Modern day air travel is famously not the most comfortable experience. After all, who wants to sit in a cramped seat next to strangers in a pressurized metal tube for hours on end?
Big budget travelers will splurge on upgraded seats in business class or another premium cabin, but unfortunately, most of us can’t afford to splash out like that. Still, there are ways to maximize comfort with your economy cabin seat choice.
“The longer the flight, the more important it is to be strategic about your seat assignment,” Zach Griff, a senior reporter at The Points Guy, told HuffPost.
So what’s the best economy seat to choose for a long-haul flight? Although the answer can differ from aircraft to aircraft, there are some best practices to keep in mind. Some may seem contradictory, the key is to figure out what you value and prioritize those factors. Below, Griff and other experts share their advice, including some A+ hacks.
Maximize your legroom.
“First things first, you’ll want to maximize your personal space, which can mean splurging for an extra-legroom seat or strategically selecting a seat that sports a unique configuration, such as the exit row or bulkhead,” Griff said.
Even just a little extra space to stretch your legs can make a huge difference on a long-haul flight, so take that into consideration as you choose a seat. Although the exit row offers that nice extra room, avoid the row directly ahead of the exit.
“I’d absolutely avoid the last row or the seats in front of the exit row,” Griff added. “These seats offer little to no recline, so beware before selecting them.”
Even if you can’t book a seat with extra space, you can still increase your legroom with careful packing. Try to fit most of your things into your checked bag or the carry-on suitcase that goes in the overhead bin to avoid having a bulky backpack or other stuff at your feet.
Increase your chances of sitting by an empty middle seat.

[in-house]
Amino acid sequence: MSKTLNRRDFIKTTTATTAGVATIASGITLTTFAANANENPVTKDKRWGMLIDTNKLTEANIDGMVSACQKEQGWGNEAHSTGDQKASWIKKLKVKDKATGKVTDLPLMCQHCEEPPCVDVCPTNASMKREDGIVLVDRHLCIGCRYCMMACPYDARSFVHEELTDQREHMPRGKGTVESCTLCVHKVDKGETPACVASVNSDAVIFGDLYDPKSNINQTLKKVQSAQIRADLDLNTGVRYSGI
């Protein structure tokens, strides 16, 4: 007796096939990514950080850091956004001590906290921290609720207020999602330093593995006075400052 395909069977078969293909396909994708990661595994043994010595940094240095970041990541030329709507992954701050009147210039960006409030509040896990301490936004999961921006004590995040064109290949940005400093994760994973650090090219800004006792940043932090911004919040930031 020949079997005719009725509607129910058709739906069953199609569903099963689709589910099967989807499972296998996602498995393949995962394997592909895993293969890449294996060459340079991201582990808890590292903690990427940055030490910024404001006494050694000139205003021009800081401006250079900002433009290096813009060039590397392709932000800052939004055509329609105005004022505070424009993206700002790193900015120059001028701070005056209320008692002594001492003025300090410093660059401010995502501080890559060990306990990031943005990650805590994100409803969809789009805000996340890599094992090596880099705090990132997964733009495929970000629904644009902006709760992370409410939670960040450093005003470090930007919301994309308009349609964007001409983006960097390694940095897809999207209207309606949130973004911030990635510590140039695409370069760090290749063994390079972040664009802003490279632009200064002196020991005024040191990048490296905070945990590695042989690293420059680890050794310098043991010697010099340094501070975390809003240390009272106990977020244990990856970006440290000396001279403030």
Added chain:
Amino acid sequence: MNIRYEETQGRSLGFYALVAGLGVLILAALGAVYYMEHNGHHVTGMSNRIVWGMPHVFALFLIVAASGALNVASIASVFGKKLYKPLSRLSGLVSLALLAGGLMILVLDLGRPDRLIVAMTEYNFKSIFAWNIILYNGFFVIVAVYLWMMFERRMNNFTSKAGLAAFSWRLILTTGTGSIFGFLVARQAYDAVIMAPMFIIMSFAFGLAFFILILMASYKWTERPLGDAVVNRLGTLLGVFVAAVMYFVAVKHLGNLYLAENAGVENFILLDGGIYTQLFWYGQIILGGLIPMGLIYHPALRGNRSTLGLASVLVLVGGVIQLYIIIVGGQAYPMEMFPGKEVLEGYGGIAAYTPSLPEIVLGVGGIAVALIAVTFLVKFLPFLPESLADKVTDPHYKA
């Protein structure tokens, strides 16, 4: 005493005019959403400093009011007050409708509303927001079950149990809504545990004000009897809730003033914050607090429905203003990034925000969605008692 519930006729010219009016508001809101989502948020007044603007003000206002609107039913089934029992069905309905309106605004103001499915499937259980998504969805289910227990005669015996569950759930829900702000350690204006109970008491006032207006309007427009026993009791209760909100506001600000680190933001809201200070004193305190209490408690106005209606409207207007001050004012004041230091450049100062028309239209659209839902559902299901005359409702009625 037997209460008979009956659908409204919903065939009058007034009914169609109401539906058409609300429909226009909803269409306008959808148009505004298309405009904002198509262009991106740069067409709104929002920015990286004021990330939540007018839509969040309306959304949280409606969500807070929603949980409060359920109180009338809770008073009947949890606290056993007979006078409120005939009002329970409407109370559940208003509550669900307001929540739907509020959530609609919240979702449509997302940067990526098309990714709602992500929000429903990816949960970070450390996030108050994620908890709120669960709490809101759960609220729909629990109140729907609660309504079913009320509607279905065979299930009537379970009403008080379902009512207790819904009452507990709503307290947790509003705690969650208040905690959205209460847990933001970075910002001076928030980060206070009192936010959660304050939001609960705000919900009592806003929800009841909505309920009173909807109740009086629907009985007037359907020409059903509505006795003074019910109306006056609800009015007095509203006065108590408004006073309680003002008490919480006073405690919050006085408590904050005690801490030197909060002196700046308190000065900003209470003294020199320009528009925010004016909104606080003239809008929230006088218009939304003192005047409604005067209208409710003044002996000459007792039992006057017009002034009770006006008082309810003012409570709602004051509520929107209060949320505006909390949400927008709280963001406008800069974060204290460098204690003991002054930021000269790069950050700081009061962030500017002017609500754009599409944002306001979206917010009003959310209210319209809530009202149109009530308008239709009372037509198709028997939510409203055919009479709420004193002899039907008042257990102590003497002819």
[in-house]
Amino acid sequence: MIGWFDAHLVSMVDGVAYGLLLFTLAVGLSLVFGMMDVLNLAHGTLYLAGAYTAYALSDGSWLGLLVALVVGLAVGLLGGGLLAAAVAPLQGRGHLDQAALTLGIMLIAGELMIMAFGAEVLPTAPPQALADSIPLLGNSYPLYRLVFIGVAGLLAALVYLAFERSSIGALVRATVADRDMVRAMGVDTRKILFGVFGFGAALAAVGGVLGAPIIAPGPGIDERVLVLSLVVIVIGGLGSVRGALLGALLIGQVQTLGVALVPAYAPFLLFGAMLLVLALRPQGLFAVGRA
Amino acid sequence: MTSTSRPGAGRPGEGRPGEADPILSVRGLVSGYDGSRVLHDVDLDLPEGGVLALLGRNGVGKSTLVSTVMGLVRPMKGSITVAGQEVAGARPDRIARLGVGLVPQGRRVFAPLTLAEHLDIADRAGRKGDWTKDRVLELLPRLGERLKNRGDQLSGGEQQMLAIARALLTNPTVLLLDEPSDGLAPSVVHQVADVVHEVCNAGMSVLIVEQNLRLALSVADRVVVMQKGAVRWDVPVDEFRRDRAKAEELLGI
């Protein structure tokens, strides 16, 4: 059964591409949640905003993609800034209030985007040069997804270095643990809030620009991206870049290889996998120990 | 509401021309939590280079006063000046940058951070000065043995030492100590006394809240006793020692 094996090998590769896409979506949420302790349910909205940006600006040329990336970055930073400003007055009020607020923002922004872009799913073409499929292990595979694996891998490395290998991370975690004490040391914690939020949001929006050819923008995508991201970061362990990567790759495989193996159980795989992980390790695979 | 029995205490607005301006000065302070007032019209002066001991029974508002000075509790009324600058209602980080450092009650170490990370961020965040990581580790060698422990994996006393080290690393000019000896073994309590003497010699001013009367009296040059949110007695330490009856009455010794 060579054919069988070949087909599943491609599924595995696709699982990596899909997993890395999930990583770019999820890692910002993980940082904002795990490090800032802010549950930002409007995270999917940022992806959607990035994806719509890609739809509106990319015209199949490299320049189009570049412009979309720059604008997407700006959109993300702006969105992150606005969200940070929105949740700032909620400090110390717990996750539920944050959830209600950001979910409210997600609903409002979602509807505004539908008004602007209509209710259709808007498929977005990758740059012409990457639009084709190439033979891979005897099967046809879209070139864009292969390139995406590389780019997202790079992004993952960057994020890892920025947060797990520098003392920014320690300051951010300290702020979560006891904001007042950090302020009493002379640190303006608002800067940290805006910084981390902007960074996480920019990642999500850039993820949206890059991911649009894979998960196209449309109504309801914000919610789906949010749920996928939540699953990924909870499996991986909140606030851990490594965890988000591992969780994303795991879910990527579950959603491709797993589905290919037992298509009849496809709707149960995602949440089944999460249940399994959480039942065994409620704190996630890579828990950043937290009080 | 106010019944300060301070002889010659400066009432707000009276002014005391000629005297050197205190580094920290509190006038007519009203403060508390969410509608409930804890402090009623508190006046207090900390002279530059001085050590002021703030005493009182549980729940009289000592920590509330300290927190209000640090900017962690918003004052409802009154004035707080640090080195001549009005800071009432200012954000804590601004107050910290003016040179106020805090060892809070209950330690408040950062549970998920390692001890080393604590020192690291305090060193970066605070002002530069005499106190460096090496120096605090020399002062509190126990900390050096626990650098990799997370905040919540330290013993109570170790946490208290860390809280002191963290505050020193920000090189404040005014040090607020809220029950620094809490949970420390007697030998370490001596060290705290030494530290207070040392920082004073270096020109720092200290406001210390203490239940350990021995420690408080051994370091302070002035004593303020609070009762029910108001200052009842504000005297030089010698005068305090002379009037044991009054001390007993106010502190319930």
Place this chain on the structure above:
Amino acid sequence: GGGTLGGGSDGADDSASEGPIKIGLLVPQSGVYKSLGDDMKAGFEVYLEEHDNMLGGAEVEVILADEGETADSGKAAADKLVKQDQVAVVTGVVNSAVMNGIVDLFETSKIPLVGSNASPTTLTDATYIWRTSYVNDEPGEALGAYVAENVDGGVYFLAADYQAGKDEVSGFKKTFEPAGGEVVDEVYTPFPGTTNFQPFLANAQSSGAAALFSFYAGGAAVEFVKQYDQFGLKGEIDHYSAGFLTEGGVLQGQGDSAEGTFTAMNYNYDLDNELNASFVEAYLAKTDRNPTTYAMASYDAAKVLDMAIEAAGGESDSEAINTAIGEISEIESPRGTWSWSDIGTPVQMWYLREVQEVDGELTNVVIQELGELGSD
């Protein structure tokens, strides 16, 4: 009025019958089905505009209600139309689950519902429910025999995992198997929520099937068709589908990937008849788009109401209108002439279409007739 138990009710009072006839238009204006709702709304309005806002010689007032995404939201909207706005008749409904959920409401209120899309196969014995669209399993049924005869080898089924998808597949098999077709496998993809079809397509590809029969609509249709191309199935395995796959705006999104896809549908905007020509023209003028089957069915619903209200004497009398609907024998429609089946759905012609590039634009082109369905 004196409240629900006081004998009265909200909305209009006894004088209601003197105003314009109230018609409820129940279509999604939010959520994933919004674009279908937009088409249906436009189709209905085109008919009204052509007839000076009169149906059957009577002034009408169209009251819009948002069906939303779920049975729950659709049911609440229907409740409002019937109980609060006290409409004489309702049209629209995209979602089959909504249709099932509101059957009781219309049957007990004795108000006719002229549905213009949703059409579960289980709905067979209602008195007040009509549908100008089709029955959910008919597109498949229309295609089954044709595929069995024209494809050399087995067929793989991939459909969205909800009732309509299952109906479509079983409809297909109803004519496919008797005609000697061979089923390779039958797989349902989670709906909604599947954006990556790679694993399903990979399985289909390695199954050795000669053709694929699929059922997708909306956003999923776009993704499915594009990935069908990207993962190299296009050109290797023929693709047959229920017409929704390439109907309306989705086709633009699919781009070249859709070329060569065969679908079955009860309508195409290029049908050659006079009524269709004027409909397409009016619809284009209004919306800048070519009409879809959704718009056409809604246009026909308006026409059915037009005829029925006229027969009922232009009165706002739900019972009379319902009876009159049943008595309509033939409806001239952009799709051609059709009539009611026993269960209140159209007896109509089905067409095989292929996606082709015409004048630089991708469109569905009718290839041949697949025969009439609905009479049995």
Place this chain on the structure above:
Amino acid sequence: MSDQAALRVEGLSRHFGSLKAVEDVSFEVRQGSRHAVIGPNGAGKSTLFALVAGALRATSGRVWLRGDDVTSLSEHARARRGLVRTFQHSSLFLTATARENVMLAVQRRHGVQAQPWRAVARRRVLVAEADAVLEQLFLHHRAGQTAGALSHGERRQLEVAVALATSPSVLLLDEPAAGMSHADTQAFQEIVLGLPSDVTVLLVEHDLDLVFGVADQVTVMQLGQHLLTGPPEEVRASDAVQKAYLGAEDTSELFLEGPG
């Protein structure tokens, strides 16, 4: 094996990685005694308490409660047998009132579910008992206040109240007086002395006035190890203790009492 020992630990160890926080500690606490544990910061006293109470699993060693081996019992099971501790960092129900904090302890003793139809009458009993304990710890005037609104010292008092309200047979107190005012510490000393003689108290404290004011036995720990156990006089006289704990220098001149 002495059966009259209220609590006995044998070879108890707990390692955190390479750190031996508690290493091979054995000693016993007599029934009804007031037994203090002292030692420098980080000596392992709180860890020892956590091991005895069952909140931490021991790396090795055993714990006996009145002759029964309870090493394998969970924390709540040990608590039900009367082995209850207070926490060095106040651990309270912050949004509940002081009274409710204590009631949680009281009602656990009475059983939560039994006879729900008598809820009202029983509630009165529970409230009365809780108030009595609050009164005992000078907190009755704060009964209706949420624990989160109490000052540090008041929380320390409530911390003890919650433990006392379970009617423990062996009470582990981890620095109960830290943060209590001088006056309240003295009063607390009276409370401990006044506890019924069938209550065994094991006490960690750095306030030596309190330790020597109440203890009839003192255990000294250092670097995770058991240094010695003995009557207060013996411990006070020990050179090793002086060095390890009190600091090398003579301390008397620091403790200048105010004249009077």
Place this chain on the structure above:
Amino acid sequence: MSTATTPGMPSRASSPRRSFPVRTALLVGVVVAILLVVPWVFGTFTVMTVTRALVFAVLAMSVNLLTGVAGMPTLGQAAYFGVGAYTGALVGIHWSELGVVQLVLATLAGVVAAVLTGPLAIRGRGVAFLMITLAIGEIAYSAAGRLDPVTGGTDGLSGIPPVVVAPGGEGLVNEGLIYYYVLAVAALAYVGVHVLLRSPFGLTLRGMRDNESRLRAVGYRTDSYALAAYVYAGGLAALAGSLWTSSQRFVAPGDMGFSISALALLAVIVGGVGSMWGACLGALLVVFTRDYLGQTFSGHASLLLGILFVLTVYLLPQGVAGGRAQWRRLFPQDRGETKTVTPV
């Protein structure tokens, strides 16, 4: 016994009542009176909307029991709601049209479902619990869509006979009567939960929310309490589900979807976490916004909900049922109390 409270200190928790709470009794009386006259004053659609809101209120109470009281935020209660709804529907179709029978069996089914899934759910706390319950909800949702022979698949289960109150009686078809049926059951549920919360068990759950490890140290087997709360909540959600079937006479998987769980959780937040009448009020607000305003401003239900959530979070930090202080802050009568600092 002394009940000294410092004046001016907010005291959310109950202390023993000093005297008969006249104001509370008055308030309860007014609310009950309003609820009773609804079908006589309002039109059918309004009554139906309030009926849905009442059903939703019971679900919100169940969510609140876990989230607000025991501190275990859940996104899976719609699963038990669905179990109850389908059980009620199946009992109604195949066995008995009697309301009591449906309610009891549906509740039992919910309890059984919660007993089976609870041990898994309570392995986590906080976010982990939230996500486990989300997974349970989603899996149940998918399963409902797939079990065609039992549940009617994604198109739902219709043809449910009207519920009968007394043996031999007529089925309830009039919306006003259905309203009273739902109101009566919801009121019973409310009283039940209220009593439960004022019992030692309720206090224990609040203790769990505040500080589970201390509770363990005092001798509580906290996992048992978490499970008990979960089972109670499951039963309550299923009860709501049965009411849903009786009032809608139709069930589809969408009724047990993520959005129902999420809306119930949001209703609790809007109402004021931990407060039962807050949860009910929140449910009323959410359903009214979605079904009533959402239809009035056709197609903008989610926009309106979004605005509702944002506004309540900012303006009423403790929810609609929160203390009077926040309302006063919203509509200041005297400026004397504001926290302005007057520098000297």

“I do my best to get an aisle seat next to an empty middle seat, or window seat next to an empty middle,” said travel expert and author La Carmina. “Having an empty middle seat next to me lets me spread out and sleep better.”
She increases her chances by looking for three-person rows in which the window seat is already taken and then selecting the empty aisle seat.
“This way, there is now only an empty middle seat available in between, which is less likely to be taken,” she said. “If I chose an aisle seat in an empty three-person row, chances are that two people who want to sit together might take the other two seats. I also try to choose seats closer to the back, since these tend to fill up last.”
Keep an eye out for empty rows.
“Kindness goes a long way with gate agents,” said travel expert and “Gaycation Travel Show” host Ravi Roth. “Generally, I ask — nicely — if there is an empty row. If so, take it no matter where it is. Nothing is better than lying flat on an airplane.”
La Carmina likes to take matters into her own hands.
“If I notice a few empty rows of seats on the plane, I keep note of the locations,” she said. “After the plane takes off and the fasten seatbelt sign goes off, I slip over and take the empty seats without asking the staff.”
Assess your proximity to the lavatory and galley.
“You’ll want to consider proximity to the galley and lavatories — all things that could get in the way of your comfort and ability to sleep during the flight,” Griff said. “You’ll find these spaces marked accordingly on seat maps, and unless you don’t mind being disturbed by lights, noises and smells, you’ll want to avoid these areas.”
As the saying goes: location, location, location. Try to choose a seat at least four or five rows away from those high-traffic sections for a more peaceful journey.
“There will be a lot of noise coming from the galley, which is the aircraft ‘kitchen,’ and there will be foot traffic and unpleasant sounds and smells from the bathroom,” said Collette Stohler, a travel agent with Elite Travel Arrangements and director of marketing at Roamaroo.